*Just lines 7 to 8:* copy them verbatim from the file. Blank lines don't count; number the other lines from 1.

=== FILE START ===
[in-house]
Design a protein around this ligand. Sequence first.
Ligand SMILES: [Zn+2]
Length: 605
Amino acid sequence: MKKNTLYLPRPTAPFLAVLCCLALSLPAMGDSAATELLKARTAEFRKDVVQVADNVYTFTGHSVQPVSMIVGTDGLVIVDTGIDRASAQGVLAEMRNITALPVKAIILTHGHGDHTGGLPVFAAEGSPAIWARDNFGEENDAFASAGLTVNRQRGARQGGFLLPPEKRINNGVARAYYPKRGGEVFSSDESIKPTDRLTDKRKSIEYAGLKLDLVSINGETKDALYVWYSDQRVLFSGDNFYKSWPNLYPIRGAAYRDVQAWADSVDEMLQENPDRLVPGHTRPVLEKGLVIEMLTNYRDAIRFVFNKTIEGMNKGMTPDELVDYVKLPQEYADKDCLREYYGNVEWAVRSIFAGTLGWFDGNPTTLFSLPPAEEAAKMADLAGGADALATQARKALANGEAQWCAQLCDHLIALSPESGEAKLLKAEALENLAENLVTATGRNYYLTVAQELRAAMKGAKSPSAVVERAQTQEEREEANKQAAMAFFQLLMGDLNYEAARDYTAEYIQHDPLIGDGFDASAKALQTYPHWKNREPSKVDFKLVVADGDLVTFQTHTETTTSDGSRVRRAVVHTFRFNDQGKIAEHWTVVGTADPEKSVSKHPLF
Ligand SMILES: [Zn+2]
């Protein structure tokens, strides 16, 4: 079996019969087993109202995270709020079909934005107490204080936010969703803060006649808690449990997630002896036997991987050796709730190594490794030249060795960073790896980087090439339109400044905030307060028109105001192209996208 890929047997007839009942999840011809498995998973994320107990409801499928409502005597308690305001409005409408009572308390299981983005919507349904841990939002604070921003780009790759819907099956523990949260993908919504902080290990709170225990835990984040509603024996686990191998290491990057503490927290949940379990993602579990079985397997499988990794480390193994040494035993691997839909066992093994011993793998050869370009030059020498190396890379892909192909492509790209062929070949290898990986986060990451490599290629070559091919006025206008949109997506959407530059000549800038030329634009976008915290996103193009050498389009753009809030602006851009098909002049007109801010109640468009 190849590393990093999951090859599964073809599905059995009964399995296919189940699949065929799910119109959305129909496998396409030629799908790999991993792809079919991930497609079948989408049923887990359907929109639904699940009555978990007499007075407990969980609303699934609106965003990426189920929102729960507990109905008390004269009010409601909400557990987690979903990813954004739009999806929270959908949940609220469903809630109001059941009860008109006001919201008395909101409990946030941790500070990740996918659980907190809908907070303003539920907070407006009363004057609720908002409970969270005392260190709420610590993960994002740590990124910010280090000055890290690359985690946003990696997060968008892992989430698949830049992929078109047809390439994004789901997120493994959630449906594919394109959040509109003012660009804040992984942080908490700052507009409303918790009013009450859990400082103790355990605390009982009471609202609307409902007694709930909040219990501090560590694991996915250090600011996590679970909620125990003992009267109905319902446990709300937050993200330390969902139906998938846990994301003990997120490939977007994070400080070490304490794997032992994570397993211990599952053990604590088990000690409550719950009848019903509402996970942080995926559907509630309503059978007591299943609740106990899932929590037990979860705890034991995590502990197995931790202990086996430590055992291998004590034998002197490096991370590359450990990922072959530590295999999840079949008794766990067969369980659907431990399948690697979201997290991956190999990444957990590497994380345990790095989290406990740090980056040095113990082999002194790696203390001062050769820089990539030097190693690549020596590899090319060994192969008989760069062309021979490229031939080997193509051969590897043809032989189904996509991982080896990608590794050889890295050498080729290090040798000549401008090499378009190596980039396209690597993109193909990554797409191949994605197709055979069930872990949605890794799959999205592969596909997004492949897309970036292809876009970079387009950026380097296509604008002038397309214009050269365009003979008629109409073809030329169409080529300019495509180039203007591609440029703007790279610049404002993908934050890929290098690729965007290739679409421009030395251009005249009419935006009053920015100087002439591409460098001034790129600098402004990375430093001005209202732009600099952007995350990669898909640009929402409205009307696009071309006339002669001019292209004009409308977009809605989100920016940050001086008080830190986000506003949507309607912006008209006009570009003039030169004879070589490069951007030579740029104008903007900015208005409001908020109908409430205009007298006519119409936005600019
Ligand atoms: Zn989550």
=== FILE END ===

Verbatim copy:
């Protein structure tokens, strides 16, 4: 079996019969087993109202995270709020079909934005107490204080936010969703803060006649808690449990997630002896036997991987050796709730190594490794030249060795960073790896980087090439339109400044905030307060028109105001192209996208 890929047997007839009942999840011809498995998973994320107990409801499928409502005597308690305001409005409408009572308390299981983005919507349904841990939002604070921003780009790759819907099956523990949260993908919504902080290990709170225990835990984040509603024996686990191998290491990057503490927290949940379990993602579990079985397997499988990794480390193994040494035993691997839909066992093994011993793998050869370009030059020498190396890379892909192909492509790209062929070949290898990986986060990451490599290629070559091919006025206008949109997506959407530059000549800038030329634009976008915290996103193009050498389009753009809030602006851009098909002049007109801010109640468009 190849590393990093999951090859599964073809599905059995009964399995296919189940699949065929799910119109959305129909496998396409030629799908790999991993792809079919991930497609079948989408049923887990359907929109639904699940009555978990007499007075407990969980609303699934609106965003990426189920929102729960507990109905008390004269009010409601909400557990987690979903990813954004739009999806929270959908949940609220469903809630109001059941009860008109006001919201008395909101409990946030941790500070990740996918659980907190809908907070303003539920907070407006009363004057609720908002409970969270005392260190709420610590993960994002740590990124910010280090000055890290690359985690946003990696997060968008892992989430698949830049992929078109047809390439994004789901997120493994959630449906594919394109959040509109003012660009804040992984942080908490700052507009409303918790009013009450859990400082103790355990605390009982009471609202609307409902007694709930909040219990501090560590694991996915250090600011996590679970909620125990003992009267109905319902446990709300937050993200330390969902139906998938846990994301003990997120490939977007994070400080070490304490794997032992994570397993211990599952053990604590088990000690409550719950009848019903509402996970942080995926559907509630309503059978007591299943609740106990899932929590037990979860705890034991995590502990197995931790202990086996430590055992291998004590034998002197490096991370590359450990990922072959530590295999999840079949008794766990067969369980659907431990399948690697979201997290991956190999990444957990590497994380345990790095989290406990740090980056040095113990082999002194790696203390001062050769820089990539030097190693690549020596590899090319060994192969008989760069062309021979490229031939080997193509051969590897043809032989189904996509991982080896990608590794050889890295050498080729290090040798000549401008090499378009190596980039396209690597993109193909990554797409191949994605197709055979069930872990949605890794799959999205592969596909997004492949897309970036292809876009970079387009950026380097296509604008002038397309214009050269365009003979008629109409073809030329169409080529300019495509180039203007591609440029703007790279610049404002993908934050890929290098690729965007290739679409421009030395251009005249009419935006009053920015100087002439591409460098001034790129600098402004990375430093001005209202732009600099952007995350990669898909640009929402409205009307696009071309006339002669001019292209004009409308977009809605989100920016940050001086008080830190986000506003949507309607912006008209006009570009003039030169004879070589490069951007030579740029104008903007900015208005409001908020109908409430205009007298006519119409936005600019
Ligand atoms: Zn989550």